If you have always dreamed of a career in law but the cost and the time studying have always made you believe this is out of your reach, there is a different path you can take.

Training to become a Paralegal could be the answer.

The cost of becoming a solicitor

Studying for a law degree isn’t cheap. It costs around £27,000 (more in the higher ranked universities) to study for a law degree (full-time over three years). Add to that an extra £15k to undertake the one year professional course (either the Legal Practice Course (LPC) for solicitors or Bar professional Training Course (BPTC) for barristers). £42,000 and four years is a huge amount of money, and time, to commit – and still not be in a position to start earning!

You are still not qualified. You still have to find a two year training contract with a solicitor or firm before you can qualify and practice.

Your alternative – become a paralegal

Have you ever thought about entering the legal profession as a Paralegal? Ofqual recognised paralegal qualifications start at around £350 and can take you all the way through to Postgraduate level.

 How long do the studies take?

The National Paralegal College delivers NALP paralegal qualifications. As they are distance learning courses, there is no minimum time. You can do the qualifications as quickly, or as slowly, as your circumstances allow. There are maximum time limits that vary from 12 -24 months, depending on the course. Your ability to learn new skills will probably slow as the time since you were previously studying gets longer, but that isn’t always the case.

If you have not studied since school, then the NALP Level 3 Award is an ideal taster to find out if the subject of studying Law is your thing. It is two units of study, one mandatory and one optional (out of a choice of eight legal subject areas) and should take no longer than four months to complete (although there is an overall period of one year to do so).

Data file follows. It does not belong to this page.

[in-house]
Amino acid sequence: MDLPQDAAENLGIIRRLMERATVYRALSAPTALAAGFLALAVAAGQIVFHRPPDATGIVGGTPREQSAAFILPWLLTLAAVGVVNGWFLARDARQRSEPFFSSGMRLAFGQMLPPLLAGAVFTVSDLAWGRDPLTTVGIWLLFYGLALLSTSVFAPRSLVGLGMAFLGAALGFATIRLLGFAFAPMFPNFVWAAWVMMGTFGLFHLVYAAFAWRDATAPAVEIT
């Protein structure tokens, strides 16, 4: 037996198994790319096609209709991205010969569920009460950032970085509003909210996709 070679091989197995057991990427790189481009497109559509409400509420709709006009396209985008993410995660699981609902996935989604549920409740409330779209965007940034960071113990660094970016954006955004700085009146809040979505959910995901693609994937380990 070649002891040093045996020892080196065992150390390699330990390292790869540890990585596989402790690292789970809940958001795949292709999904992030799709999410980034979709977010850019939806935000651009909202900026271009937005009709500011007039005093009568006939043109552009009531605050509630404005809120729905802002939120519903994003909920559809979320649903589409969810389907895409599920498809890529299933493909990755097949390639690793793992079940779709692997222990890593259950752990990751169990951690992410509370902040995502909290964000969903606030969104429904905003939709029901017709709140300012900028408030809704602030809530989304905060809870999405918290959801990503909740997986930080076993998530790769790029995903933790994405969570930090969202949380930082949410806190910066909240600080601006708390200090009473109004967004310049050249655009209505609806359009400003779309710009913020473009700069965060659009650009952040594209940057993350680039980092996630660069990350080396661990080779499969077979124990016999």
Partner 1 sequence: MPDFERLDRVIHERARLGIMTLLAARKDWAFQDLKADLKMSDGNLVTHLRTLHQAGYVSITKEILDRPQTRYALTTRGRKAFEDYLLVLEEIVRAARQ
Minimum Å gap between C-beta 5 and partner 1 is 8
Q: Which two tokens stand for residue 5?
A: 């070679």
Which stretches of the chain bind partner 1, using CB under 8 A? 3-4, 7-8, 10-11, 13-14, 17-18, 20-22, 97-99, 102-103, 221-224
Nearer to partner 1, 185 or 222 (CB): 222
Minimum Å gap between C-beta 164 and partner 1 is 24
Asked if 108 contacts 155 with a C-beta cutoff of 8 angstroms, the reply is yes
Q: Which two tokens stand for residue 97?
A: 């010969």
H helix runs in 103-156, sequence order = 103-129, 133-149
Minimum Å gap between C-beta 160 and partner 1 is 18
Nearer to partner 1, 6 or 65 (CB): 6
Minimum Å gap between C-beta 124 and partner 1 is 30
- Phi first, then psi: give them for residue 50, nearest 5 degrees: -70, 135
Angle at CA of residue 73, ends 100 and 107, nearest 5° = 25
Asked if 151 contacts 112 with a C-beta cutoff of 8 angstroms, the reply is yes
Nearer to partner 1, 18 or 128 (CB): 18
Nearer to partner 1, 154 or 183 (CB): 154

If having completed this you decide that you wish to continue, there is a progressive route to a Level 3 Certificate and then a Diploma and then even further to a Level 4 Diploma.

Reduced risk

Studying to enter the legal industry as a paralegal through the NALP qualifications means you can dip your feet in the water without losing too much time or money.

For those about to leave school and who have a clear idea that they wish to study law, don’t be put off if you (or more likely, your parents) cannot afford university fees; there is a qualification that will, for just a twentieth of the cost of a university degree, give you a full Paralegal Qualification on successful completion.

Likewise, if you are on the verge of graduating with a law degree and are hesitating to book your place on the professional course (either for solicitors or barristers) because of cost or career progression looking bleak, then opting for a Paralegal qualification could be the answer. NALPs Level 7 Diploma is all about converting your theoretical knowledge into practical skills.

What is the difference between a paralegal and a solicitor?

Quick answer – not a huge amount. Paralegals can do almost the same work as a solicitor. There are just a few activities that Paralegals cannot undertake. These are known as ‘Reserved Activities’ and they include: the automatic right to represent a client in court; litigation; conveyancing; signing a grant of probate.

There are plenty of opportunities to work as a Paralegal in a varied number of employer settings. In fact, there is a broader spectrum of jobs available than if you were a solicitor. You can work for a solicitor within their practice, or for a local authority, or a small or larger corporate company. You can even set up your business provided you hold a NALP License to Practice and have professional indemnity insurance (PII).

Training as a Paralegal is a great career option with plenty of flexibility, opportunities and variety. And since the withdrawal of Legal Aid, Paralegals are in more demand than ever – so there has never been a better time to choose a career as a Paralegal.